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Classic Airline Fleets – Sterling Airlines Caravelles

by Matt Falcus

The Sud Aviation SE.210 Caravelle was a classic French airliner which introduced jet travel to many airlines in Europe and further afield.

The early jet airliner was the first to introduce rear-mounted engines, and a T-tail design.

It was also the first to target short- and medium-haul routes, rather than long-range travel like the de Havilland Comet and Boeing 707 which pioneered jet travel.

One of the carriers most associated with the Caravelle was Sterling Airlines.

This Danish company flew the type for many years across its network, and many travellers have fond memories of flying these jets.

Here’s the story.



A History of Sterling Airlines

Sterling Airlines was established in 1962, and quickly carved a niche for itself in the Scandinavian aviation market. The company commenced operations with a fleet of propeller-driven aircraft, initially the Douglas DC-6B, serving regional routes within Europe.

As the company evolved, Sterling adapted, transitioning to jet-powered aircraft in the 1960s, first with the Caravelle, and later introducing the Boeing 727 to its fleet. This shift enabled Sterling to expand its reach, offering flights to popular destinations across Europe and the Mediterranean.


Throughout the ensuing decades, Sterling continued to update its fleet to meet the demands of an increasingly globalized world.

In the 1990s Sterling introduced the Boeing 737-500, and in the early 2000s it embarked on a period of expansion, adding the Boeing 737 Next Generation.

Knak – fotokongen.dk, CC BY-SA 3.0 <http://creativecommons.org/licenses/by-sa/3.0/>, via Wikimedia Commons

However, despite its successes, Sterling faced challenges in the volatile aviation industry. Economic downturns and shifting market dynamics forced the airline to undergo restructuring efforts, transitioning into a low-cost leisure airline.

In 2008, Sterling Airlines ceased operations, marking the end of an era in Danish aviation history.



Sterling and the Caravelle

OY-STA. Caravelle 10B. Sterling. PMI.

Sterling Airlines first introduced the Caravelle in 1965 when OY-STA arrived.

It initially operated the Caravelle 10B model, flying it in a one-class layout with 105-109 seats, catering for the leisure market the airline was pursuing.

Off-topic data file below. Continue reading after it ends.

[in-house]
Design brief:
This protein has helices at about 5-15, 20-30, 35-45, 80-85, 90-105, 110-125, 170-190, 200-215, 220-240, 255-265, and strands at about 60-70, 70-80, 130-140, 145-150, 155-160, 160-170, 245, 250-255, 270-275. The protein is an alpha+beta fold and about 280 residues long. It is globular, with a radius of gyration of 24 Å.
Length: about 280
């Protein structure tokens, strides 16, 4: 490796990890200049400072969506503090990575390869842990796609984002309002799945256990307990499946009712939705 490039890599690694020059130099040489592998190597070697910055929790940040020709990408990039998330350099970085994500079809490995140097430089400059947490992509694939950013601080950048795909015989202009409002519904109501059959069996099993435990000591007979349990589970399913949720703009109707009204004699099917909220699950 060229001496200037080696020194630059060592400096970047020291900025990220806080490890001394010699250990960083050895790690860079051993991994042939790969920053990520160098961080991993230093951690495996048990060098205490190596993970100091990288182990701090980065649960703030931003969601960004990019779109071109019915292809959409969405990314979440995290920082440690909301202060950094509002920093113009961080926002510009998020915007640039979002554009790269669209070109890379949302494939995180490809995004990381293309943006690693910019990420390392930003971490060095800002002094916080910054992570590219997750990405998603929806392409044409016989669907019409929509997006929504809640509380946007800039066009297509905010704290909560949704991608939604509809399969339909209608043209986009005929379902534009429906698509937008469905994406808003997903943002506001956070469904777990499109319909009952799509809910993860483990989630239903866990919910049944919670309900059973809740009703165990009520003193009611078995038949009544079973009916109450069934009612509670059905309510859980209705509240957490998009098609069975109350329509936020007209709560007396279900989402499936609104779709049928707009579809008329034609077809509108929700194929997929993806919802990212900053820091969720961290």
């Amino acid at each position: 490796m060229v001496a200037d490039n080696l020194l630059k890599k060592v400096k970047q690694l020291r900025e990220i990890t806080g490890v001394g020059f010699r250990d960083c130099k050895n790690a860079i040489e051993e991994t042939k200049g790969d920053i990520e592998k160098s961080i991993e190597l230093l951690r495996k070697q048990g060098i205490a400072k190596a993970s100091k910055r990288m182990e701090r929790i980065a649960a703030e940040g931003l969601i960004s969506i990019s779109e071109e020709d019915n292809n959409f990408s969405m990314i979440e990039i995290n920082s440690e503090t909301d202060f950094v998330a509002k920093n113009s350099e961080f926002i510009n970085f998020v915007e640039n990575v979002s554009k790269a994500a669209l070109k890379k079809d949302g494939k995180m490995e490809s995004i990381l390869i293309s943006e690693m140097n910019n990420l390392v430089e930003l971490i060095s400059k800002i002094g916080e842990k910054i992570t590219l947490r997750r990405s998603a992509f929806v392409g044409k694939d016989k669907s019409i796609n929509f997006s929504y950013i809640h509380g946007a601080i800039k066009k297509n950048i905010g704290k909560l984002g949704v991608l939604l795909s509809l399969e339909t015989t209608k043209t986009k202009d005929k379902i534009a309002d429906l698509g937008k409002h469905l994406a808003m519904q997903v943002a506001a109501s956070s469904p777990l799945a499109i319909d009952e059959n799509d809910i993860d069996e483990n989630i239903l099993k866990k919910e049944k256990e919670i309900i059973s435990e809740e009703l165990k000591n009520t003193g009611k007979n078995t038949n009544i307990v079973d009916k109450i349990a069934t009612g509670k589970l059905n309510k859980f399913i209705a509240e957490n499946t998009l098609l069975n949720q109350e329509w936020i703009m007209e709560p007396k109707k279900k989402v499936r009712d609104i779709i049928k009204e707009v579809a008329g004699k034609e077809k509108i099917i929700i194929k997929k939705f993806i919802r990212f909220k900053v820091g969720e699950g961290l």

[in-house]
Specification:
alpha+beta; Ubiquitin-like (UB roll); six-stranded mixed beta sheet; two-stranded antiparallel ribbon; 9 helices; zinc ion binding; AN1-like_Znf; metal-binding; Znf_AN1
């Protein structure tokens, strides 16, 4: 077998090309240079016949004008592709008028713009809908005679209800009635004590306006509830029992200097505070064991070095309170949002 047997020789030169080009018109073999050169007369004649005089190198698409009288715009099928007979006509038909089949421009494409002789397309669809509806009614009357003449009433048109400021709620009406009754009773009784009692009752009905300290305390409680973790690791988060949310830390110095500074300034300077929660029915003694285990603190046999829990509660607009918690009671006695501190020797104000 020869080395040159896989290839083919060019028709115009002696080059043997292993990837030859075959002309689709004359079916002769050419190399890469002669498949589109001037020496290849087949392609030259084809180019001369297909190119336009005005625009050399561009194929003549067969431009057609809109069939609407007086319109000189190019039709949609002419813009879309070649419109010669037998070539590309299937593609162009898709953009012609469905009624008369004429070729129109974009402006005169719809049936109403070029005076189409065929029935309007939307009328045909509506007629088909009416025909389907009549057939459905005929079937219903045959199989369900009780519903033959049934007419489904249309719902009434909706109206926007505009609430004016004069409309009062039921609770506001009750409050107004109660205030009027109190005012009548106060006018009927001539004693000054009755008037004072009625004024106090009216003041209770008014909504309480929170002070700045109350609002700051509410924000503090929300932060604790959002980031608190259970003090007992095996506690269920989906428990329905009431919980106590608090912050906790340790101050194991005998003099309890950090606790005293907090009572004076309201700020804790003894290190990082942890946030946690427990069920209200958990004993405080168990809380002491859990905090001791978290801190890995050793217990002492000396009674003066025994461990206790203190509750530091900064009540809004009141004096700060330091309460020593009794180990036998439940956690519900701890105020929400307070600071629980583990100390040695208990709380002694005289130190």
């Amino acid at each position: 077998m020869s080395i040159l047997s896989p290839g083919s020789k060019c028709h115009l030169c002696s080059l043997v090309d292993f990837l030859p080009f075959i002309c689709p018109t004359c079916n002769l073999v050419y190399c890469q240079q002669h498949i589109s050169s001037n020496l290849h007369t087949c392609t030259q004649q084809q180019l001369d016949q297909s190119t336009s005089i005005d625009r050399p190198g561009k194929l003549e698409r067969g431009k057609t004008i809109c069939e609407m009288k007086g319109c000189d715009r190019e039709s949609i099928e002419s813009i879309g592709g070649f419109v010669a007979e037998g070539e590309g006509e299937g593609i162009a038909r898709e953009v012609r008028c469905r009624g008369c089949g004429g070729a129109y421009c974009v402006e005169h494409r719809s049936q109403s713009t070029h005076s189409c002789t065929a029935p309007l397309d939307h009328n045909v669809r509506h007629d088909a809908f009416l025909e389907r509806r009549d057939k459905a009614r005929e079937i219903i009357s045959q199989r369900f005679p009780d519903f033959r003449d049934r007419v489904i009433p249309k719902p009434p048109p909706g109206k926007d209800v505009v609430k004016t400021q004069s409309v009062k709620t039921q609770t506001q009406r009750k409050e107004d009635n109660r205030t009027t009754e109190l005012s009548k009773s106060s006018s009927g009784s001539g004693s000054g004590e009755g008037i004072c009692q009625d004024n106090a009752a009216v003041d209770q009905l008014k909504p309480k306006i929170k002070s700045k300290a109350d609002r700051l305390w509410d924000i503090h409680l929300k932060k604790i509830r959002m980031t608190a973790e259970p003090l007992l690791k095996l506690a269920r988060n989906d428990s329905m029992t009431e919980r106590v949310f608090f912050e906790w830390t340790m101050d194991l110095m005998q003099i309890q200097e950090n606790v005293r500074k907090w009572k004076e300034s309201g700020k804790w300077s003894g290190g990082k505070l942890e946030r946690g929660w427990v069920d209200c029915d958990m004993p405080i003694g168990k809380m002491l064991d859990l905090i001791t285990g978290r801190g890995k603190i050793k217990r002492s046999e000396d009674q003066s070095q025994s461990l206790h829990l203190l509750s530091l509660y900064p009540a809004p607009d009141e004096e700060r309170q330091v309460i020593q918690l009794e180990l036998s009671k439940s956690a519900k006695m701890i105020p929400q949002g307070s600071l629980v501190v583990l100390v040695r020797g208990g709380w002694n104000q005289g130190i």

Flights out of Oslo and Stockholm were flown as well as those from Denmark, and routes typically covered the holiday destinations of the Mediterranean, with Spain and Greece popular. The Caravelle’s range allowed these services.

The Caravelle was well-liked with crew and passengers, with galleys serving hot and cold meals and drinks, and plenty of space to stock and sell Duty Free products.

Sterling Caravelle 12 OY-SAC

In 1971 Sterling introduced the Caravelle 12.

This variant was the longest Caravelle model, with seating for 131-140 passengers and good range to reach the Mediterranean.

Sterling initially ordered 12 of the type, but only 7 were delivered as cracks found in the wings led to extended periods of grounding for inspections and repairs to take place.

This somewhat soured the relationship with the French jet, and Sterling started to look at alternatives. It ordered the Boeing 727-200 for delivery in the 1980s, which provided greater range to serve more destinations non-stop from Scandinavia.

Despite this, Sterling’s Caravelles were used on some interesting missions. Charter routes often saw them flying to Dubai, India, Sri Lanka, Florida and the Caribbean – albeit via multiple fuel stops – proving a capable platform for the airline.

With the introduction of the 727, the writing was on the wall for the Caravelle. The 12 models were sold on in 1983, however the 10B model remained in Sterling’s fleet until 1992 when the last example was retired.

The final Sterling Caravelle flight took place on 15 January 1992 between Luxembourg and Copenhagen, operated by OY-STI.


Sterling Caravelle Mishaps